Peace In A Tin Can

Peace In A Tin Can

Thursday, July 5, 2012

Dreams Really Do Come True

So many times I have walked the shores of the Great Lakes in Michigan, longing to get away from all the tourists and vacationers who invade the beaches each summer, looking for the same enjoyment as I. When I would get to the end of the State property and see the sign marked "Private Land", I would stare longingly at the empty shoreline ahead of me and wonder what the people were like who were lucky enough to own a piece of the beach.  I dreamed of letting my dog, Rooney, run on the beach, and not seeing anyone for miles.  Today, for just a few hours, I lived the dream.

After a frantic push to get my 1970 Airstream restored, I was able to finish enough of the work to put her back together this week and head way north to Cheboygan State Park.  I had never been there, but available campsites on the 4th of July are few, and it was the first park I looked at on the DNR website that had a few sites still open.  I have always gravitated to the west side of Michigan, so heading east to Lake Huron has been a new experience, certainly one I will never regret.

A Quiet Campsite

The state park in Cheboygan is one of the best kept secrets in Michigan

My site was shaded and secluded, with lots of privacy and a cool breeze coming off the lake.  Temperatures were in the 90's, but the tin can stayed cool under the canopy of trees that framed her.  Rooney found the grove of pine trees in my site a comfortable place to sleep.  It was so quiet!  Even though the campground was mostly full, people were enjoying the sounds of nature and the sight of Lake Huron peeking through the campsites.  

Rooney, hot on the trail
                                                                             I spent the first day exploring the many trails that are well marked and offer shade.  I felt sorry for Rooney, though, because even on the tree-covered trails the air temperatures were high and he was suffering in the heat.  When we returned from a long hike, Rooney dropped on his bed of pine needles, panting, worn out.  It was then that an older couple walked by with their dog and stopped to ask about the Airstream.  As we talked, they told me of a short trail just down the road that leads to the beach, where dogs are allowed.  I have never camped in a Michigan state park that allowed dogs on the beach, so I verified the information with a DNR officer, and the next day we walked that trail.

It was only a ten minute walk, but when the trees fell away to reveal a sandy beach, I was shocked and elated.  I could see down the beach forever, and there was not another person in sight!  Rooney and I walked for a bit on the water's edge, splashing our feet and cooling off, when in a moment of trust I did something I have never done before; I let Rooney off his leash.  He loved it!  He ran in the water of Lake Huron, then ran out, shook himself off, and loped down the beach.  Every so often, he would stop and turn to look at me, as if to say "C'mon, hurry up!"  It was heartwarming to see my dog do what dogs should do, run and splash and get muddy and hurry back to my side.  I spent the afternoon walking a deserted beach with my dog running free, and it was good.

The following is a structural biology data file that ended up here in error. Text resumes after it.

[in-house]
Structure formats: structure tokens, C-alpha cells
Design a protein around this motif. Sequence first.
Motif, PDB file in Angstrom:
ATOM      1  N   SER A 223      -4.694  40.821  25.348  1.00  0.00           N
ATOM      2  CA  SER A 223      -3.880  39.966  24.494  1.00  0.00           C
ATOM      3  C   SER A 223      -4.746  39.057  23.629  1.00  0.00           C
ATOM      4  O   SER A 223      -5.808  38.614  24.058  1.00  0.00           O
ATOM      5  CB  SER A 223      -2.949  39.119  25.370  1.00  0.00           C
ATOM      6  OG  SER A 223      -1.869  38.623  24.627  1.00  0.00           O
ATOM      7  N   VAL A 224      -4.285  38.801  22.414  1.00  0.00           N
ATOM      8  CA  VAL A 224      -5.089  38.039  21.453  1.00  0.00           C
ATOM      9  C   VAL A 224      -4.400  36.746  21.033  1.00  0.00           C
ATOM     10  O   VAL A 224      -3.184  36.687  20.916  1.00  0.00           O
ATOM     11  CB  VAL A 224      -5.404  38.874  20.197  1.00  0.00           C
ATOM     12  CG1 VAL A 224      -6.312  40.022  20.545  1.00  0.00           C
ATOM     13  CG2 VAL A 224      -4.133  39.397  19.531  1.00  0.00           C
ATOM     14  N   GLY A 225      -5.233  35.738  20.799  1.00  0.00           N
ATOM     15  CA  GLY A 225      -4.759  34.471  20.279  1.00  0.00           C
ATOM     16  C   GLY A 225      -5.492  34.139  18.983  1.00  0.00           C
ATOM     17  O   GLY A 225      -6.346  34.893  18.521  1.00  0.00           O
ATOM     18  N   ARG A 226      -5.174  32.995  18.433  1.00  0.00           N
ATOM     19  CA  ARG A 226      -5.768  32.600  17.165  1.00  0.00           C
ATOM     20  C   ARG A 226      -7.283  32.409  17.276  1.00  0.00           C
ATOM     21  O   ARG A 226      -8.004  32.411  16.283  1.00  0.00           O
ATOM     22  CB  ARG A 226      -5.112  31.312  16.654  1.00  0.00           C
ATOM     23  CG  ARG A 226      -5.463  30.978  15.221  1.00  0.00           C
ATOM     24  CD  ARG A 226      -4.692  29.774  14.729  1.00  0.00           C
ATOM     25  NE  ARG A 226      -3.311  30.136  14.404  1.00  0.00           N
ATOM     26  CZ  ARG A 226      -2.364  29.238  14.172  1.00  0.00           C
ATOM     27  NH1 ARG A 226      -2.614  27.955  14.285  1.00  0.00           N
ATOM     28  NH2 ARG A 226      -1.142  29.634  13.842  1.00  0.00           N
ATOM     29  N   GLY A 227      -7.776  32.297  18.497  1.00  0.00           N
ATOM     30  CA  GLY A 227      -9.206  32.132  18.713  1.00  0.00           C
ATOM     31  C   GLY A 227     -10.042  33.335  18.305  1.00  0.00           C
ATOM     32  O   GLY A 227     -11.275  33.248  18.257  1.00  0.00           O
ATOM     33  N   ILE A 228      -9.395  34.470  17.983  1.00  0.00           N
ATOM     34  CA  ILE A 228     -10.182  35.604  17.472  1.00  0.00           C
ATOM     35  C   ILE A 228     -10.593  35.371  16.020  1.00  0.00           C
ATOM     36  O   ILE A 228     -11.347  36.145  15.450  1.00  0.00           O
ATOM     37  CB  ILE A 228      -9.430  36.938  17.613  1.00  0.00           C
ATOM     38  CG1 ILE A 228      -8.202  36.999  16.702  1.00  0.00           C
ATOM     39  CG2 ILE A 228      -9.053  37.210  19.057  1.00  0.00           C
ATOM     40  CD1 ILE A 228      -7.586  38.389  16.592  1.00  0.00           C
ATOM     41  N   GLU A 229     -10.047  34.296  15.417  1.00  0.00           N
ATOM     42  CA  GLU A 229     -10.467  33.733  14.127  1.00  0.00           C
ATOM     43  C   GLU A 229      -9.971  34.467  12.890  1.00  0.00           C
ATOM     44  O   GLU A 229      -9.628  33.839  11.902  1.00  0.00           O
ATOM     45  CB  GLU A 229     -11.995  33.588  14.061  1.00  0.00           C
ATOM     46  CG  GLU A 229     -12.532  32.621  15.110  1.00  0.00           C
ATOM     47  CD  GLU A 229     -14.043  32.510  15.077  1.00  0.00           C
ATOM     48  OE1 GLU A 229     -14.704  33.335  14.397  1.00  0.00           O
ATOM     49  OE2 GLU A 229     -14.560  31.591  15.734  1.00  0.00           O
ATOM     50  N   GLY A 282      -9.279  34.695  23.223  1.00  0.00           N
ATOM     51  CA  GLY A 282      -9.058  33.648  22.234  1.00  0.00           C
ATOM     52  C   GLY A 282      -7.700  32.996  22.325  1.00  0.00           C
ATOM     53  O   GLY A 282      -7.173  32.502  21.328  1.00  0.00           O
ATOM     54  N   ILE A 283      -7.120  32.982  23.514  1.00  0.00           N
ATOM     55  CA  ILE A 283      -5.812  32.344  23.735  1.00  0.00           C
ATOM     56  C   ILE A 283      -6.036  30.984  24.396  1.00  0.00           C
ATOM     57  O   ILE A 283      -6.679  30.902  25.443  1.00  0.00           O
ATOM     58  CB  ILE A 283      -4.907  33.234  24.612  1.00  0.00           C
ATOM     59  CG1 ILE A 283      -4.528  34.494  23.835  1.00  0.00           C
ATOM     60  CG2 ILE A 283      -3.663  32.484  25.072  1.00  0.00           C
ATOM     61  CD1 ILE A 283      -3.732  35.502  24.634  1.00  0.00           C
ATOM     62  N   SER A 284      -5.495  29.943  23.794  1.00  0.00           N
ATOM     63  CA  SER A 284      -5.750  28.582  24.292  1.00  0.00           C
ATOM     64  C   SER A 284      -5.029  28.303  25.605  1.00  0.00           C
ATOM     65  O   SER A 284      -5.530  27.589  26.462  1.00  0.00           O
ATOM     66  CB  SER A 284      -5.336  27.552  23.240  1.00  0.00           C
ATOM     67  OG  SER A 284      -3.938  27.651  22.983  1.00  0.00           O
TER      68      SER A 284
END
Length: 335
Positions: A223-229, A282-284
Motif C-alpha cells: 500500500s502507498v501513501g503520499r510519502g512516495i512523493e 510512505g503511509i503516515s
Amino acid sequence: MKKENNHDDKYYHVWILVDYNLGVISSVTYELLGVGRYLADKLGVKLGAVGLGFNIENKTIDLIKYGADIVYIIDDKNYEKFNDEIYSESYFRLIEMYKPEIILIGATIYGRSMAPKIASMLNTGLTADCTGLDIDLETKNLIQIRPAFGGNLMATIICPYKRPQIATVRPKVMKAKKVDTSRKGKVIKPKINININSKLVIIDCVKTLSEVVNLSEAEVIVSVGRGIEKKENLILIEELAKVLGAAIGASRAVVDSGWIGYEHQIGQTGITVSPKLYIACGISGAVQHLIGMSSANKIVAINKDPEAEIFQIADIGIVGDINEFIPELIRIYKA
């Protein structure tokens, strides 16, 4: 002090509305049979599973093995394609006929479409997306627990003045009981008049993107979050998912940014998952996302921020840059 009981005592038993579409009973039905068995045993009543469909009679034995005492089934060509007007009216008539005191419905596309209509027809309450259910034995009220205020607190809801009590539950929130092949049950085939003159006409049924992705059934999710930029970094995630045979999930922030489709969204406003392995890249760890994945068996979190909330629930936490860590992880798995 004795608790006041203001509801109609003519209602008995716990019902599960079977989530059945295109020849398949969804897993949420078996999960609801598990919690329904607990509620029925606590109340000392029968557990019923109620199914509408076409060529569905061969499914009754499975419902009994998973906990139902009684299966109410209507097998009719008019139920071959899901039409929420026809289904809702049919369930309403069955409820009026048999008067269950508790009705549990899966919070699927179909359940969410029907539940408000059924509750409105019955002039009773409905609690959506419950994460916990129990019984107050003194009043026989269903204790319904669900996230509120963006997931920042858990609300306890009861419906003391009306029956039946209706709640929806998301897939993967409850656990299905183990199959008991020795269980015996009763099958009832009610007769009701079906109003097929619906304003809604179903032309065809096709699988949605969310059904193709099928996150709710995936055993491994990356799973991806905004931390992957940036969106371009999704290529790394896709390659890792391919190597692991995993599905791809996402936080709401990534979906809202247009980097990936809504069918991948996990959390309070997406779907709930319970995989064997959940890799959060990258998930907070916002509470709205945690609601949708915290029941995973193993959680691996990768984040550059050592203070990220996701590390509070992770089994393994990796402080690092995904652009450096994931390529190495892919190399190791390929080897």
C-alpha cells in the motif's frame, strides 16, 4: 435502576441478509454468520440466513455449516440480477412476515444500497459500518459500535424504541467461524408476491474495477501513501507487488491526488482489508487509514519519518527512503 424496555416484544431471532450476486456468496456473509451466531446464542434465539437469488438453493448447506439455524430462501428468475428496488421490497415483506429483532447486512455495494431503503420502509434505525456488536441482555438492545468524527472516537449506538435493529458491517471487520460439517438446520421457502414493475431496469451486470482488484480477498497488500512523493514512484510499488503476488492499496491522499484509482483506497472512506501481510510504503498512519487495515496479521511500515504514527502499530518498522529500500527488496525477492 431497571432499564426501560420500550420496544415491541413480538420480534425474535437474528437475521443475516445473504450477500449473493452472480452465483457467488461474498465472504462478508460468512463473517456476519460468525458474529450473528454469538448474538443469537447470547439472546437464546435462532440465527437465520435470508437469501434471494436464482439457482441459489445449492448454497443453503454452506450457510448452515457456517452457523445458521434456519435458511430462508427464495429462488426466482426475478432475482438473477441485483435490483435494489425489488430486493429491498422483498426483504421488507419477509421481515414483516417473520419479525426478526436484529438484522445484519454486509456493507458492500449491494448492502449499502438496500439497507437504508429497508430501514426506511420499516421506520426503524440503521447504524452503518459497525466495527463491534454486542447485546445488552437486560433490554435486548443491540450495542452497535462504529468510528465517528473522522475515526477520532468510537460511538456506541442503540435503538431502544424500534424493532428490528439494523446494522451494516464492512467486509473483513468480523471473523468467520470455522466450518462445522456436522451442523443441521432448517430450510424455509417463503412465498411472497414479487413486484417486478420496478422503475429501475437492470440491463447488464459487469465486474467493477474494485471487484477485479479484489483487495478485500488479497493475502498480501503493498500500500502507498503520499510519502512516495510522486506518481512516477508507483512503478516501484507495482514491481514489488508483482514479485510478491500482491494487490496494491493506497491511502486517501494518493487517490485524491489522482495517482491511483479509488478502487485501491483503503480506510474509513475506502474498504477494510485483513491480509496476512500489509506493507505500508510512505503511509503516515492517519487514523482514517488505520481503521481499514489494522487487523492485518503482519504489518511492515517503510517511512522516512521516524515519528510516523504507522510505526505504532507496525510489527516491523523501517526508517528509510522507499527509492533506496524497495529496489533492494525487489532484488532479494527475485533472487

Rooney, Unleashed!

An endless empty beach

As we returned to the campground, I stopped in to see Rachael at the Check-In Station.  I asked her what she thinks makes this campground so special, and even though she has only worked there a short time, she said,

"It's because we are old-fashioned".

The Perfect Campsite
Ah, she defined what I was feeling.  Only 20 amp service is available there, so there were no big campers with air conditioning units running and people staying inside to escape the heat.  No, all the campers were in tents or simple trailers, and we all were sweating together, not complaining, just glad to be living outside for a bit.  No one was fancy.  It was a campground full of simple people, like me, who want to get away from real life for a few days and let their kids ride bikes without helmets on, splash in the water, and sit outside to eat, talk, remember a childhood that was more basic, yet far richer, than what we know today.

The View
The rocky bottom of Lake Huron
Cheboygan State Park is happily no longer of the best-kept secrets in Michigan for us in-betweeners.  Remote tent camping isn't for everyone, neither is high-tech RVing.  This place is for people who want to be able to plug in a light or a radio, who seek solitude on the shoreline, and who want a quiet camping experience with just enough comfort to remind us of home.

I intend to return often.  For this happy camper, Cheboygan State Park offers just what I need.  A quiet and private site, a clean campground, and miles of empty beach with my dog running free.  If this was a dream, I plan for it to be a recurring one.